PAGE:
The term modernism refers to the radical shift in aesthetic and cultural sensibilities evident in the art and literature of the post-World War One period. The ordered, stable and inherently meaningful worldview of the nineteenth century could not, wrote T.S. Eliot, accord with "the immense panorama of futility and anarchy which is contemporary history." Modernism thus marks a distinctive break with Victorian bourgeois morality; rejecting nineteenth-century optimism, they presented a profoundly pessimistic picture of a culture in disarray. This despair often results in an apparent apathy and moral relativism. Modernism, in its broadest definition, is modern thought, character, or practice. More specifically, the term describes a set of cultural tendencies and movements, originally arising from wide-scale and far-reaching changes to Western society in the late nineteenth and early twentieth centuries. The term encompasses the activities and output of those who felt the "traditional" forms of art, architecture, literature, religious faith, social organization and daily life were becoming outdated in the new economic, social and political conditions of an emerging fully industrialized world. The first half of the 20th century is then normally referred to in literary histories as ‘Modernism’, a very general term used to talk about a series of different movements and tendencies (impressionism, expressionism, imagism, futurism, dadaism, surrealism...) that tried to break with old tradition and the realistic concept of art. Modernism challenged the assumption of reality, which is at the roots of realism: that there is a common phenomenal world that can be reliably described. Psychoanalysis, Darwinism, Nietzche and Marxism questioned traditional assumptions and so did World War I and the skeptical spirit it brought about. They all helped to shatter traditional beliefs. Regardless of the specific year it was produced, modernism is characterized primarily by a complete and unambiguous embrace of what Andreas Huyssen calls the "Great Divide." That is, it believes that there is a clear distinction between capital-A Art and mass culture, and it places itself firmly on the side of Art and in opposition to popular or mass culture. In the world of art, generally speaking, Modernism was the beginning of the distinction between “high” art and “low” art. The educational reforms of the Victorian Age had led to a rapid increase in literacy rates, and therefore a greater demand for literature or all sorts. A popular press quickly developed to supply that demand. The sophisticated literati looked upon this new popular literature with scorn. Writers who refused to bow to the popular tastes found themselves in a state of alienation from the mainstream of society (Postmodernism, according to Huyssen, may be defined precisely by its rejection of this distinction.)))))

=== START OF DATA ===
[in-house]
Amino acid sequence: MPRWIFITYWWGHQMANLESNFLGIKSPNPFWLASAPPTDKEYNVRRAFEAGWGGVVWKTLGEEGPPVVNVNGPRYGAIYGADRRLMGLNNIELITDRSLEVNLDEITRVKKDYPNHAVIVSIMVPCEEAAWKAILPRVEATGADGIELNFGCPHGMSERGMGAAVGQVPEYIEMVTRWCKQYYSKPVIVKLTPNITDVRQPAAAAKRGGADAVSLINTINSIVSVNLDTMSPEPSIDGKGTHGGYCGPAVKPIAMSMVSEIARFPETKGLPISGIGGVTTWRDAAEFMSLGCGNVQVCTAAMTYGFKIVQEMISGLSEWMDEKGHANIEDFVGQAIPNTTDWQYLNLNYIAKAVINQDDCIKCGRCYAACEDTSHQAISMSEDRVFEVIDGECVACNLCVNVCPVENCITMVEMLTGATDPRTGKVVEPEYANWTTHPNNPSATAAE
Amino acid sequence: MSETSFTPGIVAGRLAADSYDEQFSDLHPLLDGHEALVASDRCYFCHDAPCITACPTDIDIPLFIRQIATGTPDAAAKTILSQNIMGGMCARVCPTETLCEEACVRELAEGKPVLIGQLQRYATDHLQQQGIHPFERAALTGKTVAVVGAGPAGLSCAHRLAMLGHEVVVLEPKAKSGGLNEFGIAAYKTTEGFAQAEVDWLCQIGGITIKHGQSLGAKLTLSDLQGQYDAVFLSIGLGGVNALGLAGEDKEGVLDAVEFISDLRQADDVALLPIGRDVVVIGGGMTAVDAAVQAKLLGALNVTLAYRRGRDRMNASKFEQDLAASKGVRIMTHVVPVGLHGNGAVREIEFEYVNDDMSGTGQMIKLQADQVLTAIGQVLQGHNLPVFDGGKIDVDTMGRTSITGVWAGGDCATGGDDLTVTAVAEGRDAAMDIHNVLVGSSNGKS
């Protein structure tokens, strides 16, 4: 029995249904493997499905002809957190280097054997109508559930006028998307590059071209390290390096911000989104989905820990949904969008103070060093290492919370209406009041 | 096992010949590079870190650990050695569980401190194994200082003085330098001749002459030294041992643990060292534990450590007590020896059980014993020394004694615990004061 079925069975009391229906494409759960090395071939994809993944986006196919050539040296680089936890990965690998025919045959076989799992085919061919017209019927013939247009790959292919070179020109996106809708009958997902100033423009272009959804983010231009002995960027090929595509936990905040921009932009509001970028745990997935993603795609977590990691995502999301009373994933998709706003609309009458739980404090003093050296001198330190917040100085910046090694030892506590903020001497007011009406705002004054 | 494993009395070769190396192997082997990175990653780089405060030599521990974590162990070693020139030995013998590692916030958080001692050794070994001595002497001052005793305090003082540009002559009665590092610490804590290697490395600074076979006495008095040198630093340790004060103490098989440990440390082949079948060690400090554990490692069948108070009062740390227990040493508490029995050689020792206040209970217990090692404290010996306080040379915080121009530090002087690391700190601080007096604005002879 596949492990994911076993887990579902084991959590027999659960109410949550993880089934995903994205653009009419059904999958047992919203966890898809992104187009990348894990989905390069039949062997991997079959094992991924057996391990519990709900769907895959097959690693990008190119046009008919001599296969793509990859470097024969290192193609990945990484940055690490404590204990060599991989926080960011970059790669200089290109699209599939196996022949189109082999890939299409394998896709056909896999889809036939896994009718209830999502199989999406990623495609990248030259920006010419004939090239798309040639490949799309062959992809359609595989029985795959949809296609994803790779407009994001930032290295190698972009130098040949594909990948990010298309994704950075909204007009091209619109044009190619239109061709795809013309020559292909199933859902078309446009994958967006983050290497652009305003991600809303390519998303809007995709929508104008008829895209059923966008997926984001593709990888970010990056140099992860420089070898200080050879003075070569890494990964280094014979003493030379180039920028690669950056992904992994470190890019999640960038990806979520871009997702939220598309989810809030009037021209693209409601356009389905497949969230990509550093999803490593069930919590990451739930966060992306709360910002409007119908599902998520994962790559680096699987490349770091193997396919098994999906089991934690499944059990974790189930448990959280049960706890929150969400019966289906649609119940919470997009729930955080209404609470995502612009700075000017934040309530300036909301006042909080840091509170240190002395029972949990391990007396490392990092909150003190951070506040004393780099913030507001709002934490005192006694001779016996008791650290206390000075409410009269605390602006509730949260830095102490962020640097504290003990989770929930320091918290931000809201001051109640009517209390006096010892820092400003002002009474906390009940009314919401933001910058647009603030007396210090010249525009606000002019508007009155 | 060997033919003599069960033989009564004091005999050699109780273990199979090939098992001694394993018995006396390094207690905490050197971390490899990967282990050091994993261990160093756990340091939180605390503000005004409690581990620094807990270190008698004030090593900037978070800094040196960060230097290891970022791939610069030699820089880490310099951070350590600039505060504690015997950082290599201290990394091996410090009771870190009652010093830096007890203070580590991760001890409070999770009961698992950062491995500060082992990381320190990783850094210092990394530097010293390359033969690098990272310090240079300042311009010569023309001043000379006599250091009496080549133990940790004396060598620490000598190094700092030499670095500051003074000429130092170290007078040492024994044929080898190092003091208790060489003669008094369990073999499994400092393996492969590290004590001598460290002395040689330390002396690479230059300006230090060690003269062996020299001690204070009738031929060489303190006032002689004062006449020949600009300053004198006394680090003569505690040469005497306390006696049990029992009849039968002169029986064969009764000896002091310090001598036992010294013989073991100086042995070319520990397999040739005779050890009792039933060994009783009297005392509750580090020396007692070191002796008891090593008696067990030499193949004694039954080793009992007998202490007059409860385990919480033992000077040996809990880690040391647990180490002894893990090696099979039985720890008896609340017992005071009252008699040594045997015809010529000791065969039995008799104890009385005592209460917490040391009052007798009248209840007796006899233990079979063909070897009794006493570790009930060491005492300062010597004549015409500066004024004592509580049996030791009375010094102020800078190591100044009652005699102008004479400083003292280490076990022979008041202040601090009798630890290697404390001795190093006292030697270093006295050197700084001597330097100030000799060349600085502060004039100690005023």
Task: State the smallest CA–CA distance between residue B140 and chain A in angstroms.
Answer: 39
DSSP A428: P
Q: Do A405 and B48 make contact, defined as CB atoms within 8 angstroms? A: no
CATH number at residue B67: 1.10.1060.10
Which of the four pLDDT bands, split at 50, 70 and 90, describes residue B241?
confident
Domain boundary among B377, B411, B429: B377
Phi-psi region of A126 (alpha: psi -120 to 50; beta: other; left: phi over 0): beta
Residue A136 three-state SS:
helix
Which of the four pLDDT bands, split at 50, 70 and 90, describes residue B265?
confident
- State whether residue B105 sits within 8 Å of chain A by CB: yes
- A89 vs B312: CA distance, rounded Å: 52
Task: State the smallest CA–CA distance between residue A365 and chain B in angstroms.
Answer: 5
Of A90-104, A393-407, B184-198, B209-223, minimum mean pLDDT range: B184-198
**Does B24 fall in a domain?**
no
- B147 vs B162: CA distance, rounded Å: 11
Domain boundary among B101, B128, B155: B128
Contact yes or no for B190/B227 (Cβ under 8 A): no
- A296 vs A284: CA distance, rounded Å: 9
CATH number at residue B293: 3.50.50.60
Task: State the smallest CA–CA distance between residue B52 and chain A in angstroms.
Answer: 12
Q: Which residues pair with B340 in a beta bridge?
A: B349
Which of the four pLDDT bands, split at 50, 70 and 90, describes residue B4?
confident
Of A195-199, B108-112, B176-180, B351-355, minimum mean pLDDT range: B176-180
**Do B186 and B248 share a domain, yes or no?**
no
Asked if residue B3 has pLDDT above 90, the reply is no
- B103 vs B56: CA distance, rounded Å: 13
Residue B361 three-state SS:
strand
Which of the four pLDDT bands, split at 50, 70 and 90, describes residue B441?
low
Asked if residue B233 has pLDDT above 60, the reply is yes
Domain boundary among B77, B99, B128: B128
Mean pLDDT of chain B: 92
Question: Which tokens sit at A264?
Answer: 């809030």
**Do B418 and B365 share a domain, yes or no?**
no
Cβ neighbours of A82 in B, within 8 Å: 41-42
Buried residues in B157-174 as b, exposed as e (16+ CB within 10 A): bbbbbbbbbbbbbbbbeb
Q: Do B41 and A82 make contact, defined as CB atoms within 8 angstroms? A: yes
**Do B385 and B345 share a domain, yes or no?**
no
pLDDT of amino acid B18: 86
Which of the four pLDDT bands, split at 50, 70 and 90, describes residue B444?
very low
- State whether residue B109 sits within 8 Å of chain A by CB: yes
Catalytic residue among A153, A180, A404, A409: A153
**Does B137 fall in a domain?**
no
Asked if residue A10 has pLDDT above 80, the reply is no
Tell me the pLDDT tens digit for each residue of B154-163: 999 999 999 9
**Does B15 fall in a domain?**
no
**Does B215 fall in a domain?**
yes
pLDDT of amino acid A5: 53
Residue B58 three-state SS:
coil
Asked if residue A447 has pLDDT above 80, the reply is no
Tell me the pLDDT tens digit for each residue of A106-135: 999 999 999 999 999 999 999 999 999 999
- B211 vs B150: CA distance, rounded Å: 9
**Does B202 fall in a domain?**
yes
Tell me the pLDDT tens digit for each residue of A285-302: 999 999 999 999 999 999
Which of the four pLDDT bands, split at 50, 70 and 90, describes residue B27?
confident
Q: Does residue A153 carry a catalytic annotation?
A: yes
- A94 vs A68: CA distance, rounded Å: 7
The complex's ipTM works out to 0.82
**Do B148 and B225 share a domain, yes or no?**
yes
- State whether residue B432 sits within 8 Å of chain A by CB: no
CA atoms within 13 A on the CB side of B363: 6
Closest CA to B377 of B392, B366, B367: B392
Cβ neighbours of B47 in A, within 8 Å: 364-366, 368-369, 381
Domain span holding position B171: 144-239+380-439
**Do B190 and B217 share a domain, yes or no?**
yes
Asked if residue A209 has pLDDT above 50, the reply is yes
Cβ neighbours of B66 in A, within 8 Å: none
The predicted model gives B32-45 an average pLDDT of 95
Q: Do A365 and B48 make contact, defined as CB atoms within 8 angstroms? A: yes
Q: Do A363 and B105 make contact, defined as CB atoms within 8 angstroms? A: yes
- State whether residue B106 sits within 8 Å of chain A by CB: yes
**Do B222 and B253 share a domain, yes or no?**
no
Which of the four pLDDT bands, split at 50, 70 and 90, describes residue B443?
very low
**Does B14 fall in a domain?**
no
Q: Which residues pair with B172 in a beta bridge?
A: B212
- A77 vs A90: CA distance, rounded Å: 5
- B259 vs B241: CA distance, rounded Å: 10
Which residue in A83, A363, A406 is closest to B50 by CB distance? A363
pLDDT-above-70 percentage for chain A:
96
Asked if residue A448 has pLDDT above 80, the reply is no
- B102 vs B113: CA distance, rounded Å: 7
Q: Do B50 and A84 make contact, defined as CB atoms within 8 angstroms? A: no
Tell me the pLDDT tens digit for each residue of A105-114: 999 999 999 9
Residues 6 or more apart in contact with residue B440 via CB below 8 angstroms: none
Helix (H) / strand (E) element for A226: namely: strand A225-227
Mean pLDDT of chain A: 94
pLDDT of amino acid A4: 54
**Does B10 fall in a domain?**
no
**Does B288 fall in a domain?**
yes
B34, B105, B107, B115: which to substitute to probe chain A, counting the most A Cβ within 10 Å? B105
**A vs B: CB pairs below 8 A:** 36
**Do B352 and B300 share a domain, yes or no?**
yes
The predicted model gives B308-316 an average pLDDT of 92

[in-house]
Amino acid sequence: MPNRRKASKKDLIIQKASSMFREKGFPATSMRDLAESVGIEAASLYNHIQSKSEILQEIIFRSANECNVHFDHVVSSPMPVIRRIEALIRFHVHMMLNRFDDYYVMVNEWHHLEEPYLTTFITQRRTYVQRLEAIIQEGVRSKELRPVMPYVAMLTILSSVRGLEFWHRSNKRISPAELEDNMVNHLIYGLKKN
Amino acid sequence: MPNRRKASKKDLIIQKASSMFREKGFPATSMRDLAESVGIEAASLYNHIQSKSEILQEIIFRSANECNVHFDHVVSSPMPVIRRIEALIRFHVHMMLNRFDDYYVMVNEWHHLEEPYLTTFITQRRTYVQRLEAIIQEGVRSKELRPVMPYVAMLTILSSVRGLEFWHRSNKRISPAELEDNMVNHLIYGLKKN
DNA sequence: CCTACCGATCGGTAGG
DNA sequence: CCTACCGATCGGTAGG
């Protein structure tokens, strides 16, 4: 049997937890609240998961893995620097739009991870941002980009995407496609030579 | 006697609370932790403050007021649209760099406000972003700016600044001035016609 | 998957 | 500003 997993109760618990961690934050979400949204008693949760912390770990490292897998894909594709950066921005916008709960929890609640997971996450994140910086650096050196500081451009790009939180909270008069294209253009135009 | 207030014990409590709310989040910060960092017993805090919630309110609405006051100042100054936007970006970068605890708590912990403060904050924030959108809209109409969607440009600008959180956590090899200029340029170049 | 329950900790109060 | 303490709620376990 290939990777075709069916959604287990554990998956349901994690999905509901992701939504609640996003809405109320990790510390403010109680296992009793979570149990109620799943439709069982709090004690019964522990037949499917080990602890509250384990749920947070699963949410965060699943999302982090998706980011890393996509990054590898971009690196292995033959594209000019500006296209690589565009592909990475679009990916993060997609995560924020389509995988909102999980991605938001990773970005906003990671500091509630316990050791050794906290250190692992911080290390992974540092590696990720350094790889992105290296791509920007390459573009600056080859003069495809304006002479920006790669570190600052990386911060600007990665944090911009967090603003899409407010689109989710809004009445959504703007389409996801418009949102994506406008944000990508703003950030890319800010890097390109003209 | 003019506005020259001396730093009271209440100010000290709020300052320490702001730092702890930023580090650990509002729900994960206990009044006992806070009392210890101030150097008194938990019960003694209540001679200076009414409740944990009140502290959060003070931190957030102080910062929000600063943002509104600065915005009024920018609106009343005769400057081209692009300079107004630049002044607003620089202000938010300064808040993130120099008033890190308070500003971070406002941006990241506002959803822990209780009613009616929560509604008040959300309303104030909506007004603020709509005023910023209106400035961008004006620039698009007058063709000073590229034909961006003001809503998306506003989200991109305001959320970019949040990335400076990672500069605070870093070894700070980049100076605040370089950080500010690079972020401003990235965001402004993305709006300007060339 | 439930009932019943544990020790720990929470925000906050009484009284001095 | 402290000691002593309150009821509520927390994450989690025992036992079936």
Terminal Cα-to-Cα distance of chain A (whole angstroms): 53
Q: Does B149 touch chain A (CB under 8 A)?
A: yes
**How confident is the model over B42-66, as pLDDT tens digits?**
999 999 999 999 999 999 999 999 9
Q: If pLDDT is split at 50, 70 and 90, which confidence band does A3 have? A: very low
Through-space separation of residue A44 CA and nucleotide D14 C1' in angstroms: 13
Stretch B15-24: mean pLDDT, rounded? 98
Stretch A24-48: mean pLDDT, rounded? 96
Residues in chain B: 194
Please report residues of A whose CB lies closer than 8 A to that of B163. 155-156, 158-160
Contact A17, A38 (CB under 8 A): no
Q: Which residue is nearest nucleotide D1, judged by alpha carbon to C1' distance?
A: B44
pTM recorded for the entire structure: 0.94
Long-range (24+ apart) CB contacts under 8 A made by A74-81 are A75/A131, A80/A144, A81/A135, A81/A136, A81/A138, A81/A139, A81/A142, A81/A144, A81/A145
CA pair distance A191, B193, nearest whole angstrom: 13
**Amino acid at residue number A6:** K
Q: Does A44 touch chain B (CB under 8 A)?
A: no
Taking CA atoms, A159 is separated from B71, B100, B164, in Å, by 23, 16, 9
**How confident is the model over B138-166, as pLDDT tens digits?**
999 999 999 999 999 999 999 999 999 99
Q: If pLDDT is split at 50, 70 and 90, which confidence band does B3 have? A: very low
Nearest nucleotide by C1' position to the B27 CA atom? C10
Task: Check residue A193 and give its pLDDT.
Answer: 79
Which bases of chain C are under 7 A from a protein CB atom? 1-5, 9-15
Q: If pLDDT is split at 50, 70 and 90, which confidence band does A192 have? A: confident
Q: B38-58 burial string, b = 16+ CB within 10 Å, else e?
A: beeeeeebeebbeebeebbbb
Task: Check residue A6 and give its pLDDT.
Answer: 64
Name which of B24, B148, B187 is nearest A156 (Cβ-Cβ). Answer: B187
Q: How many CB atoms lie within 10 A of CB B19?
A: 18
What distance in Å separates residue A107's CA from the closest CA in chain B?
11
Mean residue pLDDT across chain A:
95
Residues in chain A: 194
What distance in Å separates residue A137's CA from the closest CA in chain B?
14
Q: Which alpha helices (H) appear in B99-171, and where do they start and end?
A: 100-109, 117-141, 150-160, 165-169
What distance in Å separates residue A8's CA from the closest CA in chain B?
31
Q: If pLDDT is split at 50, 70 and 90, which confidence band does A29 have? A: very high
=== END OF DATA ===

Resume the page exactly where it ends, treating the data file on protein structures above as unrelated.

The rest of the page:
Modernist writing is predominantly cosmopolitan, and often expresses a sense of urban cultural dislocation, along with an awareness of new anthropological and psychological theories. There was a break in the implicit contract with the general public that artists were the reliable interpreters and representatives of mainstream ("bourgeois") culture and ideas, and, instead, developed unreliable narrators, exposing the "irrationality at the roots of a supposedly rational world".
Modernism is often derided for abandoning the social world in favour of its narcissistic interest in language and its processes. Recognizing the failure of language to ever fully communicate meaning ("That's not it at all, that's not what I meant at all" laments Eliot's J. Alfred Prufrock), the modernists generally downplayed content in favour of an investigation of form. The fragmented, non-chronological, poetic forms utilized by Eliot and Pound revolutionized poetic language. Modernist formalism, however, was not without its political cost. Many of the chief Modernists either flirted with fascism or...
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